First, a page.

Is It Dementia or Depression?
A loss of mental sharpness isn’t necessarily a normal part of old age. It could also be a symptom of depression or dementia. Depression and dementia share many similar symptoms, including memory problems, sluggish speech and movements, and low motivation, so it can be difficult to tell them apart.
|Symptoms of Depression||Symptoms of Dementia|
|Mental decline is relatively rapid||Mental decline happens slowly|
|Know the correct time, date, and where they are||Confused and disoriented; become lost in familiar location|
|Difficulty concentrating||Difficulty with short-term memory|
|Language and motor skills are slow, but normal||Writing, speaking and motor skills are impaired|
Whether cognitive decline is caused by dementia or depression, it’s important to see a doctor right away. If it’s depression, treatment will help memory, concentration and energy bounce back. Treatment for dementia can also help improve your loved one’s quality of life. And in some types of dementia, symptoms can be reversed, halted or slowed.
Common Causes of Depression in Older Adults
As we grow older, we often face significant life changes that can increase the risk for depression. These can include:
- Health problems: Illness and disability, chronic or severe pain, or cognitive decline.
- Loneliness and isolation: Living alone, a dwindling social circle due to deaths or relocation, decreased mobility due to illness or a loss of driving privileges.
- Reduced sense of purpose: Retirement can cause a loss of identity, status, self-confidence and financial security. Not being able to do hobbies or other activities you used to do can also impact your loved one’s sense of purpose.
- Fears: Worries about death or dying as well as anxiety over financial problems or health issues.
- Recent bereavement: The death of friends, family members and pets, or the loss of a spouse or partner.
- Genes: People with a family history of depression may be more likely to develop depression.
- Personal history: Seniors who had depression when they were younger are more at risk for developing depression later in life.
Depressive Effects of Medication
If you notice symptoms of depression after a loved one starts a new medication, talk with their doctor. They may be able to lower their dose or switch to another medication that doesn’t impact their mood.
Medications that can cause or worsen depression include:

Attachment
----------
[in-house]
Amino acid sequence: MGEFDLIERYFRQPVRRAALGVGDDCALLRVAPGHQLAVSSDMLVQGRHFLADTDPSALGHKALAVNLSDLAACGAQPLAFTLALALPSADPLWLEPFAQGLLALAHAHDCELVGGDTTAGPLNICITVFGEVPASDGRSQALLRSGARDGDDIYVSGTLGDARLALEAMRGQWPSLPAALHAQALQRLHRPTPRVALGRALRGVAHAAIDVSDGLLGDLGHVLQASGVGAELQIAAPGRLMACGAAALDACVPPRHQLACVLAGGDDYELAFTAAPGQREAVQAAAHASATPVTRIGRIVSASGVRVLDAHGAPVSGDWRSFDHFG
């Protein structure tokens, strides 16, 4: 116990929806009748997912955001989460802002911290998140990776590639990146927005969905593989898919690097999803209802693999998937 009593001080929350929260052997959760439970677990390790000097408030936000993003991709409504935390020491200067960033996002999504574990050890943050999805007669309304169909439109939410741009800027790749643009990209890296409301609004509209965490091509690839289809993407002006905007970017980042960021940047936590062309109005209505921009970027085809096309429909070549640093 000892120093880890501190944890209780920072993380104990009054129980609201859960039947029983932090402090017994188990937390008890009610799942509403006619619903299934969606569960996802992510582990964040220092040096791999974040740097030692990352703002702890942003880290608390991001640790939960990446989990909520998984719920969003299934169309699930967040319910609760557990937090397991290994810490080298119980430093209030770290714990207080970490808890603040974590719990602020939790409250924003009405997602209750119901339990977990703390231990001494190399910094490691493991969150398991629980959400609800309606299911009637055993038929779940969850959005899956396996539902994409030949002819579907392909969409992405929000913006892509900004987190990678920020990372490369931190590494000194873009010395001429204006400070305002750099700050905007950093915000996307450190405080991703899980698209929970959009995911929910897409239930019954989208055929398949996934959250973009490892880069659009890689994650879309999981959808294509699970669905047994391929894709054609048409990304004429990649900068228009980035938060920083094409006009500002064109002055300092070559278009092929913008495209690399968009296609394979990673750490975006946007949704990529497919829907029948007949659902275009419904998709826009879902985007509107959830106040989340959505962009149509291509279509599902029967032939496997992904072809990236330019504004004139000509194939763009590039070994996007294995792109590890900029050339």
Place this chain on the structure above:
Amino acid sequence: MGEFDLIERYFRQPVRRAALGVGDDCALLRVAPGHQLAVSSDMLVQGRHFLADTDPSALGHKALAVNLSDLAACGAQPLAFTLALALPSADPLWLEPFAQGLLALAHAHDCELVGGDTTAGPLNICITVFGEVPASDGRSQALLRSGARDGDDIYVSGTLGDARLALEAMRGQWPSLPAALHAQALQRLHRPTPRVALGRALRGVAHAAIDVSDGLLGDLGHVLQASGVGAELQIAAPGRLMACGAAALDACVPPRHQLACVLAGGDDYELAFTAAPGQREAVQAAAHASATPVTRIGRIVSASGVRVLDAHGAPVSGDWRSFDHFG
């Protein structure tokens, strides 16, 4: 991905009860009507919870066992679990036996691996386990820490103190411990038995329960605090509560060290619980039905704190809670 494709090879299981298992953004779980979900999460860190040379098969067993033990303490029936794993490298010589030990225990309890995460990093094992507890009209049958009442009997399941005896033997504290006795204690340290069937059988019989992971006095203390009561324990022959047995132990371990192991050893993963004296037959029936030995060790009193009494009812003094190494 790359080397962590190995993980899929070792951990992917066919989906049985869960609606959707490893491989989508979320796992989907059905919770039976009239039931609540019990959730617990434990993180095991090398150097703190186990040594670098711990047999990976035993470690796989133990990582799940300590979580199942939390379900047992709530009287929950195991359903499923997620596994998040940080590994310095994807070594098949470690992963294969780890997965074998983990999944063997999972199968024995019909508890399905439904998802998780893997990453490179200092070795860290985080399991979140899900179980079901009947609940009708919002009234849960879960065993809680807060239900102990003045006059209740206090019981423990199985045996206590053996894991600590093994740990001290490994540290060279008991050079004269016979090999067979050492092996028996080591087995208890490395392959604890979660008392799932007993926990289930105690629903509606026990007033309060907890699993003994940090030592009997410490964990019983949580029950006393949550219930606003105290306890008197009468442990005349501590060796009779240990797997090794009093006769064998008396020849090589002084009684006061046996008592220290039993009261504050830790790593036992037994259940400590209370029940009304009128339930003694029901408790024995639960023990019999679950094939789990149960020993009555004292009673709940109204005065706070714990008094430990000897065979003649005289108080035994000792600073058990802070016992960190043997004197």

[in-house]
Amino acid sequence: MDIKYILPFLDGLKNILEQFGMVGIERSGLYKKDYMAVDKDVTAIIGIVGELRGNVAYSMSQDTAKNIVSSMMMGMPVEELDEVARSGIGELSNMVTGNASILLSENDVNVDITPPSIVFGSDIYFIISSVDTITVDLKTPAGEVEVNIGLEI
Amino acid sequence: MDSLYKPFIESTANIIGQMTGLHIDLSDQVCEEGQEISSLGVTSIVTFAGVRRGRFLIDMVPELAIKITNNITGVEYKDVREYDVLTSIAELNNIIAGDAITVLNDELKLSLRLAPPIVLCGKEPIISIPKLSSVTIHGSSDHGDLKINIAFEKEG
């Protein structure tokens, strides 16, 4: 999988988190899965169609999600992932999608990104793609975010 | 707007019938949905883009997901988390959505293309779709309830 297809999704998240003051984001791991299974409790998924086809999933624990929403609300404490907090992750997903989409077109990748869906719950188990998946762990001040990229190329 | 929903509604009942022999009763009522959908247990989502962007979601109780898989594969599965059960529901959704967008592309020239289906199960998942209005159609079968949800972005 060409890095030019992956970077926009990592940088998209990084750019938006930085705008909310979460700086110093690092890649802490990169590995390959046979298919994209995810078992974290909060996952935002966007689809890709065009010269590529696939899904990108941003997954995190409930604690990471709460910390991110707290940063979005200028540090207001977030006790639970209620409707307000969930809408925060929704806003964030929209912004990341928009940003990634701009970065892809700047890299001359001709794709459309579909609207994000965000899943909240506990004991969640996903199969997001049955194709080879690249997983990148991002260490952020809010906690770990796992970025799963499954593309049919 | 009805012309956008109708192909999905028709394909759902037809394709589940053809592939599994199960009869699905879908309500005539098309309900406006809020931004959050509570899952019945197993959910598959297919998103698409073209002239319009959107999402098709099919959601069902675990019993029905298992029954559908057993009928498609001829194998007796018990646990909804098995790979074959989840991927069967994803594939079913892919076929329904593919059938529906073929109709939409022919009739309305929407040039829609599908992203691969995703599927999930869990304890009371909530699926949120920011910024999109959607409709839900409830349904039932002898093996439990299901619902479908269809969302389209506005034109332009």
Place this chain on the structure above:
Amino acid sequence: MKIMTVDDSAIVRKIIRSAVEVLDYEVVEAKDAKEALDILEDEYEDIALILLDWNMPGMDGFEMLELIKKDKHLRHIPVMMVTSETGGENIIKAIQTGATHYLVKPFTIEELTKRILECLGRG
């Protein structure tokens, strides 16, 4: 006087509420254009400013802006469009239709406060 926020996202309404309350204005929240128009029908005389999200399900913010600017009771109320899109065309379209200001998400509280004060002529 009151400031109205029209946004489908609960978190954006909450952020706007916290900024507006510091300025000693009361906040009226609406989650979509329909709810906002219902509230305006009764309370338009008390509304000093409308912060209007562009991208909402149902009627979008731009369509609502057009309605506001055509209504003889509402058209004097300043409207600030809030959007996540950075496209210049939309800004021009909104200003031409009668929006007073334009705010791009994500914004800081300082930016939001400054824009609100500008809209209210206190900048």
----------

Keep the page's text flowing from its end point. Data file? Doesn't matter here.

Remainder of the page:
- Blood pressure medication (e.g., clonidine)
- Beta-blockers (e.g., Lopressor, Inderal)
- High-cholesterol drugs (e.g., Lipitor, Mevacor, Zocor)
- Tranquilizers (e.g., Valium, Xanax, Halcion)
- Calcium-channel blockers
- Medication for Parkinson’s disease
- Sleeping pills
- Ulcer medication (e.g., Zantac, Tagamet)
- Heart drugs containing reserpine
- Steroids (e.g., cortisone and prednisone)
- Painkillers and arthritis drugs
- Estrogens (e.g., Premarin, Prempro)
- Anticholinergic drugs used to treat GI disorders
How You Can Help
The symptoms of depression can make it hard for your loved one to seek help and may drain their energy and feelings of self-esteem. For depressed seniors, if they don’t believe depression is a real illness, they may be too proud or ashamed to ask for assistance or fear becoming a burden to you, so they can have a difficult time talking about it.
Whether they say they’re depressed or not, here’s how to help a parent with depression:
Offer emotional support: Listen to them with patience and compassion. You don’t need to try to “fix” their depression. Don’t criticize feelings expressed, but point out realities and offer hope. You can also help by seeing that your loved one finds a good doctor and gets an accurate diagnosis and appropriate treatment.
Invite them out: Suggest activities to do together that your loved one used to enjoy: walks, an art class, a trip to the movies — anything that provides mental or physical stimulation.
Socialize: Group outings, visits from friends and family members, or trips to the local senior or community center can help combat isolation and loneliness. Be gently insistent if your plans are refused: Depressed people often feel better when they’re around others.
Healthy meals: A poor diet can make depression worse, so make sure your loved one is eating right, with plenty of fruits, vegetables, whole grains and some protein at every meal.
Stick with the plan: Depression usually recurs when treatment is stopped too soon, so help your loved one keep up with their treatment plan. If it isn’t helping, look into other medications and therapies. You can also accompany them to appointments and offer moral support.
Watch warning signs. Seek immediate professional help if you suspect your loved one is thinking about suicide. Call the toll-free, 24-hour National Suicide Prevention Lifeline: 1-800-273-TALK (1-800-273-8255).
Embrace Life at Laurel Circle